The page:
It takes a different mindset to rehab a rental property than it does to remodel a flip property for resale. And the difference in landlords’ mentalities is vast.
Take what I saw on a Facebook advertisement recently where a landlord was advertising their freshly-renovated house. This thing was nice. I’m talking HGTV nice. The bathroom had custom tile on the floor and the tub surrounds. There was also a high-end vanity with granite counter tops.
The kitchen had high-end cabinets that matched the bathroom vanity. It had granite countertops, the little white subway tiles as the back splash and tile on the floor.
All the walls had the gray-toned paint that is all the rage right now. The trim was painted a chocolate color, and the floors in the bedroom were either luxury vinyl plank (LVP) flooring or a high-quality laminate, which is a fantastic strategy when planning for a rental.
You see, carpet is nice, and it’s cheap. And as we all know, landlords — me included — tend to get a little, uh, price sensitive when putting money into a rental. But consider something we’ve encountered; no matter how good the tenants were to our property, we were having to replace carpet about every third tenant, which not only increased our turnover budget but also added to the time between one tenant and the next.
Because of that fact, we adopted a different strategy. We started putting solid state flooring throughout our houses. By solid state, I mean a good-quality laminate or LVP. This costs about double what carpet and roll vinyl would on the initial rehab, but it makes for a more durable floor. And after the third tenant, it pays for itself.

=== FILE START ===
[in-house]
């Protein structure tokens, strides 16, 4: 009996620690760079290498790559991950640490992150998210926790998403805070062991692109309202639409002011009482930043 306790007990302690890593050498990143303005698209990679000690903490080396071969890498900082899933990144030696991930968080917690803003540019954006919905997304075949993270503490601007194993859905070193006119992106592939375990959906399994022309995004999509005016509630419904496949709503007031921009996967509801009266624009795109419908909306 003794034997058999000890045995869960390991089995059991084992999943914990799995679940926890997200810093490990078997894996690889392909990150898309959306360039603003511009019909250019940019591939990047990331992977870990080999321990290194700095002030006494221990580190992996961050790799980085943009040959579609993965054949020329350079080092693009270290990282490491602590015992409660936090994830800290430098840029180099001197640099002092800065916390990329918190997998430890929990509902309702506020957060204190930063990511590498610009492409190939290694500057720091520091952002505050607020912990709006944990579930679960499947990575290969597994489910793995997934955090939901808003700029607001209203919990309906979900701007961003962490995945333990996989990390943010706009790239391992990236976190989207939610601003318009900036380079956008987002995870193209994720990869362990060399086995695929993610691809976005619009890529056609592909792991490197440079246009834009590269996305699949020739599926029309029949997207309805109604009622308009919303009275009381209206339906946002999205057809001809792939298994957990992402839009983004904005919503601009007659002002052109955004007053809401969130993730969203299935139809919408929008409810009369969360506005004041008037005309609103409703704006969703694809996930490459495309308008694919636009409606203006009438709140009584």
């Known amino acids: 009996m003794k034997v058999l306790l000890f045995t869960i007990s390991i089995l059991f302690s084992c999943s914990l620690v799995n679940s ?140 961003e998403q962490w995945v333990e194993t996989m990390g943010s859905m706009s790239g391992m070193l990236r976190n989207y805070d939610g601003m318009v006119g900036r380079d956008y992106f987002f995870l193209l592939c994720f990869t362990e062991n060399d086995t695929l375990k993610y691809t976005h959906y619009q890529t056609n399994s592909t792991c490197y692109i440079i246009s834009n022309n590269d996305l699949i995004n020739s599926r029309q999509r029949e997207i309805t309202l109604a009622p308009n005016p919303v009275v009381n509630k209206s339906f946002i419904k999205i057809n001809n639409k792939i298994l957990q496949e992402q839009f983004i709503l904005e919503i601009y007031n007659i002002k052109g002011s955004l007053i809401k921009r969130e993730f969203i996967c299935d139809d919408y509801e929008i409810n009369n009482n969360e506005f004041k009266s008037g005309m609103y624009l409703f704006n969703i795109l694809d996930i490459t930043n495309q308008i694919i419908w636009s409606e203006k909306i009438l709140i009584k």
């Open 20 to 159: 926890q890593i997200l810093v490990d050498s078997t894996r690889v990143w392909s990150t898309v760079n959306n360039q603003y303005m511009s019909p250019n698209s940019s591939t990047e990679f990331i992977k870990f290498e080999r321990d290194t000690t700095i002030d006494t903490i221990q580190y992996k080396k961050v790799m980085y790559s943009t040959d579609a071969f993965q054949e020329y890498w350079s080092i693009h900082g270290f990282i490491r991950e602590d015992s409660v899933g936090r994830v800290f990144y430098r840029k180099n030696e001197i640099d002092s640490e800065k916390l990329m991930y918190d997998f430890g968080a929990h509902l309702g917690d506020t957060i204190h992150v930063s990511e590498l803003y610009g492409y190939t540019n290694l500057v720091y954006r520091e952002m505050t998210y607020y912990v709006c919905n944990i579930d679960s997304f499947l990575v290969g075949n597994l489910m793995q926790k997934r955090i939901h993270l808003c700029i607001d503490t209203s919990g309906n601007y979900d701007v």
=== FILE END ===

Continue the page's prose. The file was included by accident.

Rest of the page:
I want to go back to the statement I made about landlords being cost sensitive. There’s a reason we’re this way. In the rental business, it takes a long time to make a profit. Let’s consider the house I was looking at on Facebook. It was a two-bedroom one-bath house renting for $650 dollars a month. After paying taxes and insurance and allotting money for vacancy and a mortgage payment, this house will probably yield a positive cashflow of less than $200 a month. But for simplicity, let’s use the $200.
At $200 a month, that’s a total income of $2,400 a year. I’m betting the rehab on the HGTV ready rental with new kitchen cabinets, granite countertops, custom tile and new floors throughout cost at least $24,000 to complete. That means it will take an entire 10 years of consistent tenancy with no repairs or vacancies before this house begins making a profit.
Are you beginning to understand why landlords are a little cost sensitive?
So when rehabbing a rental you really have to begin with the end in mind as far as how you spend. Ask yourself questions like, “Am I planning to keep this house forever? Will I sell it after a few years?”
If you’re planning to sell it after a year or two, you may want to opt for the rehab upgrades to increase your value. But if you’re planning to keep it forever, you need to carefully plan every dollar you put into the house.
We’ve done things like switched to using the same color of flat paint on all our rentals. Because there’s no sheen to worry about, the walls don’t have to be cut in, and we can pay a handyman to paint the entire house in a day. Decisions like this cut down on turnover cost.
At the end of the day, when you rehab a rental, use common sense. Make sure your decisions are based on good financial planning and not just frugality. Being cheap will cost you more in the long run. What you really want is a sound house in great condition that people will love to rent.
Joe and Ashley English buy houses and mobile homes in Northwest Georgia. For more information or to ask a question, go to www.cashflowwithjoe.com or call Joe at 678-986-6813.